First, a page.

If you would like to attend this workshop but are unsure whether you have adequate night photography skills, we can offer pre-workshop tutoring to get you ready for your adventure with us. Alternatively or additionally, a few of us have written books that may be productive pre-workshop reads.
What You WILL Learn
You’ll go home after the workshop with a solid grasp of shooting the landscape under moonlight and starlight. Milky Way shooting, star trails and star points will all be explored.
Other topics covered will include:
- composing and focusing in low light
- using the moon as fill light on the landscape
- optimizing exposure for RAW capture and development with Lightroom
- light painting
- and more …
This workshop will have both field and classroom instruction. We will be in the classroom each day, and out in the field at different locations each night. Participants can stay out shooting as long as they, or their camera’s batteries, hold out.
While in the field, the instructors will demonstrate their own techniques and will work with participants one-on-one to make sure everyone gets the most out of the workshop.
During classroom sessions there will be presentations by the instructors, but we will focus on developing your images and sharing everyone’s work and ideas with each other. Each day will have a review of the previous night’s work.
Night Conditions & Opportunities
On this workshop you can expect the following night-sky conditions and nocturnal photography opportunities:
- quarter to full moon
- light painting
You are responsible for your airfare and car rental. There is no need for four-wheel-drive or high-clearance vehicles for the workshop. If you are interested in sharing a car rental, let us know and we will try to connect you with someone like-minded in the group.
- Las Vegas (LAS) — 4 hours from Bryce Canyon
- Salt Lake City (SLC) — 4 hours
Food & Lodging
We encourage eating two meals per day—a good breakfast and a great late lunch. When on the night shoots, you may wish to bring snack food or a sandwich and plenty of water.
You are responsible for arranging and paying for your own meals and accommodations. A group hotel will be announced after registration. If you are interested in sharing a room with another participant, let us know and we will try to connect you with someone like-minded in the group.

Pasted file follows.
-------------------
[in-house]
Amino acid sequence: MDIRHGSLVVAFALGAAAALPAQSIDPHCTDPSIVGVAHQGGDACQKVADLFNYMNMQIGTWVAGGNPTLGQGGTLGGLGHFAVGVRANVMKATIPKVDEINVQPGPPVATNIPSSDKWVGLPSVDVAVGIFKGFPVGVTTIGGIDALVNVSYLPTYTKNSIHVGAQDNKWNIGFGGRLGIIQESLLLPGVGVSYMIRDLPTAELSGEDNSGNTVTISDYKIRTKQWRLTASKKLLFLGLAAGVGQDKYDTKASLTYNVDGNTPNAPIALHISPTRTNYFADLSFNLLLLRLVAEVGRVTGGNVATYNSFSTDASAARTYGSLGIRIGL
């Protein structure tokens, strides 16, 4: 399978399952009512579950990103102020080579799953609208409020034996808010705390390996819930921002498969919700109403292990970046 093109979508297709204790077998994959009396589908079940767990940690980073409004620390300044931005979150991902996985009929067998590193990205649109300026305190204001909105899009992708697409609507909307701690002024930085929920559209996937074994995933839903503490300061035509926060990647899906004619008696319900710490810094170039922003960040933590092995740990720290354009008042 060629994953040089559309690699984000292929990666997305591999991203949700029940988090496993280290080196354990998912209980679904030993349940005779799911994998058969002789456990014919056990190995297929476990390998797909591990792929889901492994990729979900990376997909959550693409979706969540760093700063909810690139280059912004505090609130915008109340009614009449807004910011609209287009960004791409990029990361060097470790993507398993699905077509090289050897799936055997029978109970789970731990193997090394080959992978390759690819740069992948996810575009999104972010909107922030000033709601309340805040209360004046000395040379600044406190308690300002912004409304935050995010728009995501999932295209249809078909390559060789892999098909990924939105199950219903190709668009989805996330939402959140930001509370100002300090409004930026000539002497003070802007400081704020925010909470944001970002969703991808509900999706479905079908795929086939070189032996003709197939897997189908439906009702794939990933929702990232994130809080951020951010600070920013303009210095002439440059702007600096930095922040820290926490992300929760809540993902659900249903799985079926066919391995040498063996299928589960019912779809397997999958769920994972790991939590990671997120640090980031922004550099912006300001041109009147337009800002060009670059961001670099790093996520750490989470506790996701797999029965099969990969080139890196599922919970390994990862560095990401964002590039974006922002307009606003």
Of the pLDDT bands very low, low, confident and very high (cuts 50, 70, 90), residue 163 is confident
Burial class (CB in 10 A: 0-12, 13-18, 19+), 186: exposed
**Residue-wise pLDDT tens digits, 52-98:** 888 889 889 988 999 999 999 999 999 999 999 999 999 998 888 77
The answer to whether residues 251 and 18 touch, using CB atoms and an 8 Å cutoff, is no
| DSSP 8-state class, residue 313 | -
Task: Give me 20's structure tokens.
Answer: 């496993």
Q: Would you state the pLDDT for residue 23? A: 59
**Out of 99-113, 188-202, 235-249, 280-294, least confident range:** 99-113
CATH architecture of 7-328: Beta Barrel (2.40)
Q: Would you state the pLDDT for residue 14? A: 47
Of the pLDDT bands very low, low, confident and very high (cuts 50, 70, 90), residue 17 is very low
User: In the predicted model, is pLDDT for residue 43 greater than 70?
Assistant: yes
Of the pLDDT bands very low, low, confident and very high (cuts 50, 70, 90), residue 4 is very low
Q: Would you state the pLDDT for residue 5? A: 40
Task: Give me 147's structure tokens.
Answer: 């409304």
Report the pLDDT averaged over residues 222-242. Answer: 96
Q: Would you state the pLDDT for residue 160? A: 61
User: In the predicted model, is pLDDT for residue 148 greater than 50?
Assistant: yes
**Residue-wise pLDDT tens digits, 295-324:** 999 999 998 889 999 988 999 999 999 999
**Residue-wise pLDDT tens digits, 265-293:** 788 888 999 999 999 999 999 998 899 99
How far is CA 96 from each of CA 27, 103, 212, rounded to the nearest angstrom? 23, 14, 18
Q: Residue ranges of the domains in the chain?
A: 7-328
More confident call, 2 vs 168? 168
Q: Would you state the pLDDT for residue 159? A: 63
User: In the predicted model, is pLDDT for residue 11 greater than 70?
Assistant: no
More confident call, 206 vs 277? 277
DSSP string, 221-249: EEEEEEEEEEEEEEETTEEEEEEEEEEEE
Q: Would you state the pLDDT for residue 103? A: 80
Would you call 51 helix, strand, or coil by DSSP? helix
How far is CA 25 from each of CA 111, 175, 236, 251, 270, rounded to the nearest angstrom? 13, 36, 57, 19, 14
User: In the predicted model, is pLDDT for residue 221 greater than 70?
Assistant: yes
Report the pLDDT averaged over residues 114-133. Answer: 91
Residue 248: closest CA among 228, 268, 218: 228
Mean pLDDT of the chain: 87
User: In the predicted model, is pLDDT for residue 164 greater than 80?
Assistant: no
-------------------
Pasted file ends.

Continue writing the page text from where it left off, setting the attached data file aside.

Due to Bryce Canyon’s high-elevation climate, weather and temperature can be highly variable. That being said, summer days tend to be quite pleasant, with daytime highs in June typically in the high 60s to low 70s. Nighttime lows, however, average in the mid 40s.
Recommended attire: Bring a base layer and warm winter coat, as standing around in these low temperatures can make you quite cold. As always, layer your clothing so it’s easy to remove when hiking and to put but back on while standing.
Please read our FAQs section for more information about skill and gear requirements, and other information that pertains to all our workshops.
If you have questions, please contact us—we're happy to talk it over with you.
A New Discovery ...
Being a photography instructor, I get to see a lot of photographs. Many of them shots of our country’s most iconic locations. I have seen a million photographs of the Grand Tetons, Delicate Arch and of course sunrise over Bryce Canyon.
Sometimes this abundance of images makes me feel like I have already visited the place and dampens my enthusiasm for an actual visit. This is the way it was for me until I actually made it to Bryce Canyon.
Wow, how misguided I was. The classic view over the amphitheater is simply amazing. But there is so much more. After exploring the rim and hiking down into the canyon I realized how wildly interesting and unique this park is. The towering orange rock spires and clear skies are an incredible combination. I immediately knew this was a perfect location for a photography workshop. Day or night!